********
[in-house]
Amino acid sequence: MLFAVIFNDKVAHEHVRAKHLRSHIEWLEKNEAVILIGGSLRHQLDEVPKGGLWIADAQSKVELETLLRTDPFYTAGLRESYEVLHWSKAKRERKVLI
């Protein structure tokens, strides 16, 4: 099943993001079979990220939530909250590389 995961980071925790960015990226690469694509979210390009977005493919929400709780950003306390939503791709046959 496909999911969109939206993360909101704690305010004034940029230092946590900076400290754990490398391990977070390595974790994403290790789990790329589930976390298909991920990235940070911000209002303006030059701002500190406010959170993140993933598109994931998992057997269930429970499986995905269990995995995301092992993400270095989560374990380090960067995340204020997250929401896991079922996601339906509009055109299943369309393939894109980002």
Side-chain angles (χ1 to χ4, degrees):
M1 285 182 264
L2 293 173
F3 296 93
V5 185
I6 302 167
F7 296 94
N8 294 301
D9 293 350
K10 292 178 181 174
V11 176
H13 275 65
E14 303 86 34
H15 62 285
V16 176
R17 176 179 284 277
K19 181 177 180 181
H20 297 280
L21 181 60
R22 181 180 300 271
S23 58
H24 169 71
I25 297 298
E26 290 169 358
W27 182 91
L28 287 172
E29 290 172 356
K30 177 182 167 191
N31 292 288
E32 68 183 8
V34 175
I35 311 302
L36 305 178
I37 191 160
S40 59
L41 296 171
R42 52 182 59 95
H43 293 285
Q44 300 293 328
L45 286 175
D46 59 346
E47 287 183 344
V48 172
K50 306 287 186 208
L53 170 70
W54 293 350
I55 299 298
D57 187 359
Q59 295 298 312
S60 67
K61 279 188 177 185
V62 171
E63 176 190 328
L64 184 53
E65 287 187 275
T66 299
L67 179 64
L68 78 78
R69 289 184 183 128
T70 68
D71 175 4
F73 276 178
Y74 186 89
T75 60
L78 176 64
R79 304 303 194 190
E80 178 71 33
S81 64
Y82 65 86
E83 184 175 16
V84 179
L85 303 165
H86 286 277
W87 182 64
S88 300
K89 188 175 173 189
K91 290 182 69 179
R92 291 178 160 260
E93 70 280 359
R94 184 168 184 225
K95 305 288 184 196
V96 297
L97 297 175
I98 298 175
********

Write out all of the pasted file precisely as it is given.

[in-house]
Amino acid sequence: MLFAVIFNDKVAHEHVRAKHLRSHIEWLEKNEAVILIGGSLRHQLDEVPKGGLWIADAQSKVELETLLRTDPFYTAGLRESYEVLHWSKAKRERKVLI
């Protein structure tokens, strides 16, 4: 099943993001079979990220939530909250590389 995961980071925790960015990226690469694509979210390009977005493919929400709780950003306390939503791709046959 496909999911969109939206993360909101704690305010004034940029230092946590900076400290754990490398391990977070390595974790994403290790789990790329589930976390298909991920990235940070911000209002303006030059701002500190406010959170993140993933598109994931998992057997269930429970499986995905269990995995995301092992993400270095989560374990380090960067995340204020997250929401896991079922996601339906509009055109299943369309393939894109980002």
Side-chain angles (χ1 to χ4, degrees):
M1 285 182 264
L2 293 173
F3 296 93
V5 185
I6 302 167
F7 296 94
N8 294 301
D9 293 350
K10 292 178 181 174
V11 176
H13 275 65
E14 303 86 34
H15 62 285
V16 176
R17 176 179 284 277
K19 181 177 180 181
H20 297 280
L21 181 60
R22 181 180 300 271
S23 58
H24 169 71
I25 297 298
E26 290 169 358
W27 182 91
L28 287 172
E29 290 172 356
K30 177 182 167 191
N31 292 288
E32 68 183 8
V34 175
I35 311 302
L36 305 178
I37 191 160
S40 59
L41 296 171
R42 52 182 59 95
H43 293 285
Q44 300 293 328
L45 286 175
D46 59 346
E47 287 183 344
V48 172
K50 306 287 186 208
L53 170 70
W54 293 350
I55 299 298
D57 187 359
Q59 295 298 312
S60 67
K61 279 188 177 185
V62 171
E63 176 190 328
L64 184 53
E65 287 187 275
T66 299
L67 179 64
L68 78 78
R69 289 184 183 128
T70 68
D71 175 4
F73 276 178
Y74 186 89
T75 60
L78 176 64
R79 304 303 194 190
E80 178 71 33
S81 64
Y82 65 86
E83 184 175 16
V84 179
L85 303 165
H86 286 277
W87 182 64
S88 300
K89 188 175 173 189
K91 290 182 69 179
R92 291 178 160 260
E93 70 280 359
R94 184 168 184 225
K95 305 288 184 196
V96 297
L97 297 175
I98 298 175